Fourth Regional Undergraduate Student Research Conference held at Lincoln
9:04 a.m., May 8, 2014--The Fourth Regional Undergraduate Student Research Conference highlighting research by undergraduate students primarily on the people of the African diaspora was recently held in the Ivory V. Nelson Science Center on the main campus of The Lincoln University in Pennsylvania.
The theme for this year’s conference was “Vantage Points: Where the Disciplines Meet.”
Money then and now
The conference featured presentations by students from a consortium that includes the University of Delaware, Delaware State University and Lincoln.
Lincoln’s Emmanuel Babatunde, professor of anthropology, and Robert Millette, professor of sociology, served as marshals for the event.
Over 25 students presented their research in topics ranging from graduation and retention rates, disability studies, literature, forensic biology, global communication and electromagnetic science.
Babatunde presented the keynote address on “Our Health and Our Future: A Multidisciplinary Approach.”
Babatunde has been successful writing grants that seek to utilize strengths inherent in African and African diaspora cultures to solve social problems such as food insecurity and poverty reduction grants in Nigeria and Nicaragua. He is the Lincoln principal investigator in the 2011-15 U.S. Agency for International Development (USAID) $25 million Global Center for Food Systems Innovation.
The conference ended with the presentation of awards for the best essay and poster presentations, and two UD students received recognition:
Arpita Mandal, a McNair Program student majoring in English education, received first place for her poster presentation on “Victims of ‘Honor Tradition.’”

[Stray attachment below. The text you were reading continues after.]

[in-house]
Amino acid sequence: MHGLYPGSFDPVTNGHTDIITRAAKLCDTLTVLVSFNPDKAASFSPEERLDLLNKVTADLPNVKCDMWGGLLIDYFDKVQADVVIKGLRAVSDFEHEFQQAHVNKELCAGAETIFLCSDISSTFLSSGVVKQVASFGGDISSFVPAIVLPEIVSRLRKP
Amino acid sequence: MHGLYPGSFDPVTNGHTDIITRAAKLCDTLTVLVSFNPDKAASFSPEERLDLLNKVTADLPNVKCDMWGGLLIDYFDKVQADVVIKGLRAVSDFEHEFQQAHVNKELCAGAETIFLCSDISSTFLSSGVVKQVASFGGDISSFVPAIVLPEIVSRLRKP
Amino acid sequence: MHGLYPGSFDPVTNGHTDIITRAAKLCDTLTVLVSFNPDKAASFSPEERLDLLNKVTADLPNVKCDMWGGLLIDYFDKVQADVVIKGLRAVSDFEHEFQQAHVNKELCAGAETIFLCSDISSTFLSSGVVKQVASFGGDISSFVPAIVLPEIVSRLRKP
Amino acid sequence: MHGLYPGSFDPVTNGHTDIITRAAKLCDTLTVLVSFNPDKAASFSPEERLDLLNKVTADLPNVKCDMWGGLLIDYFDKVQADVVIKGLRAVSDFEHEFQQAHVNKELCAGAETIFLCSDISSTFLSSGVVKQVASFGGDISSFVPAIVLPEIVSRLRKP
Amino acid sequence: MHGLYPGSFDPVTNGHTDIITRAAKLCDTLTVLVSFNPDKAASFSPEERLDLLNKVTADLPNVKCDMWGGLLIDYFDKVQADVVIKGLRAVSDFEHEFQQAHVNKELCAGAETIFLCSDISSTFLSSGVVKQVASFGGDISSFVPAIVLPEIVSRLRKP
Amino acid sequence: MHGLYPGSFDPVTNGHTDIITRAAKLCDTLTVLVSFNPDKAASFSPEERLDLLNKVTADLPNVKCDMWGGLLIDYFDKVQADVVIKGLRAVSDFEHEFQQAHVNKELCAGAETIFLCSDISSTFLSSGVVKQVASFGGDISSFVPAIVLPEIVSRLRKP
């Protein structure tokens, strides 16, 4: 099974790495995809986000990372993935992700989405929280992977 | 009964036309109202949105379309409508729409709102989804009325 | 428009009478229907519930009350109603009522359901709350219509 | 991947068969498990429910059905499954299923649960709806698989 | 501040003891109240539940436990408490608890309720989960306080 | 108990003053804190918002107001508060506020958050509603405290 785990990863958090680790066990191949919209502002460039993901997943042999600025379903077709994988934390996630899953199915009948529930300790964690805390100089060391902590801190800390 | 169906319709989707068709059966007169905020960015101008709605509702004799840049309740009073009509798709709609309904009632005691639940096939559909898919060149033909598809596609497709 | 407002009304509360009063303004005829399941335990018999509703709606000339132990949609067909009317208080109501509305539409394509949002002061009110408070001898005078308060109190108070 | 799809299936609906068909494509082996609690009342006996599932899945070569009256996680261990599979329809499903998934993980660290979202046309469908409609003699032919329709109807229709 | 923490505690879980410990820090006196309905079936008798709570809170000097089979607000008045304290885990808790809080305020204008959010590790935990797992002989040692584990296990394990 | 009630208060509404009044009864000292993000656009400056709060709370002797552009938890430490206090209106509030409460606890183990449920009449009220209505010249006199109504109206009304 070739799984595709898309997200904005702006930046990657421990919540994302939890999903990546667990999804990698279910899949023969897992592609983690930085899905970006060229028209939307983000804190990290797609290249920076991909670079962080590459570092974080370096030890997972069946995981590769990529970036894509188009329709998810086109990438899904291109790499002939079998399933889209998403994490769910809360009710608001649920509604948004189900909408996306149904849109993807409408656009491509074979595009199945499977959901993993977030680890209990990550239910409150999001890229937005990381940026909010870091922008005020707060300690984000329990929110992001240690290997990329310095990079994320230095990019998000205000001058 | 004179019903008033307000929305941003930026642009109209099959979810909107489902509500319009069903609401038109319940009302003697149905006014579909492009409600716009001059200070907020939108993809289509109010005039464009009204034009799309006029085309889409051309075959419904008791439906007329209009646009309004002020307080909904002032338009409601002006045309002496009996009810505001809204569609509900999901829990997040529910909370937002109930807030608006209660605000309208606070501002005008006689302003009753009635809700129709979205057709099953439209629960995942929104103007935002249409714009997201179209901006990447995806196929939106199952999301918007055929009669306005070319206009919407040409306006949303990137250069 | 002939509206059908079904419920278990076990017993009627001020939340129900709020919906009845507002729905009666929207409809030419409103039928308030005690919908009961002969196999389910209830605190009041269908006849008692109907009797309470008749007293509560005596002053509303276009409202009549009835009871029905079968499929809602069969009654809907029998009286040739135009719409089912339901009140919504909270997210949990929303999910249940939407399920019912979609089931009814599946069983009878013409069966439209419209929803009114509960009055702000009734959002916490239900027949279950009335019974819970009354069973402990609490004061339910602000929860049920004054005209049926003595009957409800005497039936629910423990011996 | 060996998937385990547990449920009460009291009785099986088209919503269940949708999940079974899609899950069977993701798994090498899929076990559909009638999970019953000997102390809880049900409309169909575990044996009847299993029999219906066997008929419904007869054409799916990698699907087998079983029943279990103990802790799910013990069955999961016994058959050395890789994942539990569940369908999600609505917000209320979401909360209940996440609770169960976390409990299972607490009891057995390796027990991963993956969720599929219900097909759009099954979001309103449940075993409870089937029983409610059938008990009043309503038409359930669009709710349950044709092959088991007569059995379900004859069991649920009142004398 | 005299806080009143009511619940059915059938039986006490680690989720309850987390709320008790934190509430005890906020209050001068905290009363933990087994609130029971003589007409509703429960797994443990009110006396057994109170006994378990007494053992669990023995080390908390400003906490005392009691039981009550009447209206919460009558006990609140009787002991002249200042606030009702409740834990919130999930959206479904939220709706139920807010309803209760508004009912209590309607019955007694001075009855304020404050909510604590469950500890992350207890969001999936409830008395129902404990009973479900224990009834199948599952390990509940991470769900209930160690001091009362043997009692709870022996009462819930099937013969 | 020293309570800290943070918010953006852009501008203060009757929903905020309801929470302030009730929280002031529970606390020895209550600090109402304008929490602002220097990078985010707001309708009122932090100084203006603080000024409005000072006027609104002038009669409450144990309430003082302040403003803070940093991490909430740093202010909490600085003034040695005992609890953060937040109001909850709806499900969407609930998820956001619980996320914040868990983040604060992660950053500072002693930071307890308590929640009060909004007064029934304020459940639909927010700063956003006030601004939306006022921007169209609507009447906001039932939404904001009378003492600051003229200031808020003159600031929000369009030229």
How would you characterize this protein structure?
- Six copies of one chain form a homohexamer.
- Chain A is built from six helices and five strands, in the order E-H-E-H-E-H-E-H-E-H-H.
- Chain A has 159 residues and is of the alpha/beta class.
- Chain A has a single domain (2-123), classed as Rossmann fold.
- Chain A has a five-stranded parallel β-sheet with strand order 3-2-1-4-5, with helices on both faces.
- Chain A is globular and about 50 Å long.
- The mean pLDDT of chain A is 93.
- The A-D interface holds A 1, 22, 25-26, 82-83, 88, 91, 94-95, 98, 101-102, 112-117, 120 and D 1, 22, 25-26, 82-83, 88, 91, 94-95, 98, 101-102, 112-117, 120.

Oluwatimilehin Adeyemo, a McNair Program student majoring in human services with a minor in public health, received second place for her poster presentation on “Understanding the Barriers to Care: A Review of Disability Services in Delaware.”
Other winners included Heaven Thomas and Christopher Gunter, both students at Delaware State, who placed first and third, respectively, in the essay presentation. Emmanuel Woodson of Lincoln placed second in the oral presentation.
Honorable mentions were awarded to the following students for their essay presentations: Valerie Reason (Lincoln), Michael Hickey (Delaware State), Memunah Sillah (Lincoln), and Kayla McWilliams (Delaware State).
Each of the essay and poster participant winners received monetary awards. Certificates of achievement were given to all conference presenters.
The conference was generously supported by Lincoln’s College of Arts, Humanities, and Social Sciences, the Office of Student Affairs, and the Department of Sociology, and a portion of the monetary awards was provided by the College of Arts and Sciences at Delaware State.
Faculty members from Lincoln University, Delaware State and UD served as moderators, attendees, and judges. They include: A. Myrna Nurse, Andrew Blake, Victor Gomia and Jesse Zuba, all of Delaware State; Robert Millette, Zizwe Poe, Donald Bradt, Anthony DiFilippo, Jamal Benin and Evelyn Poe, all of Lincoln; and UD’s Yasser Payne, associate professor, and Carol Henderson, professor and chair of the Department of Black American Studies.
History of the conference
The collaborative consortium was formed by UD's Department of Black American Studies, under the leadership of chair Henderson and in support of Nurse and Blake of Delaware State.
The first research conference was held at UD in 2011 with the focus on “Black Identity in the Age of Obama.”
The 2012 regional symposium expanded to a two-day conference that was held at Delaware State in Dover. Blake and Nurse, both associate professors of English in the Department of English and Foreign Languages at Delaware State, served as marshals for this event. Lincoln joined the consortium and Babatunde was instrumental in bringing students to the conference. The theme for 2012 was “Social, Technological, and Scientific Advancements of the 21st Century.” Over 40 students presented their research over the two days.
In 2013, the third annual conference returned to UD and was held at Arsht Hall in Wilmington, Delaware, with the theme “Empowering Undergraduate Research: Producing Student Leaders in the Arts, Sciences, New Technologies, and Popular Culture.” Student presentations examined issues ranging from age discrimination in the workplace; the globalization of beauty ideals and images; the school-to-prison pipeline in the educational system; and the oppression of women in Islamic countries.
The Fifth Regional Undergraduate Student Research Conference will be held at UD in 2015.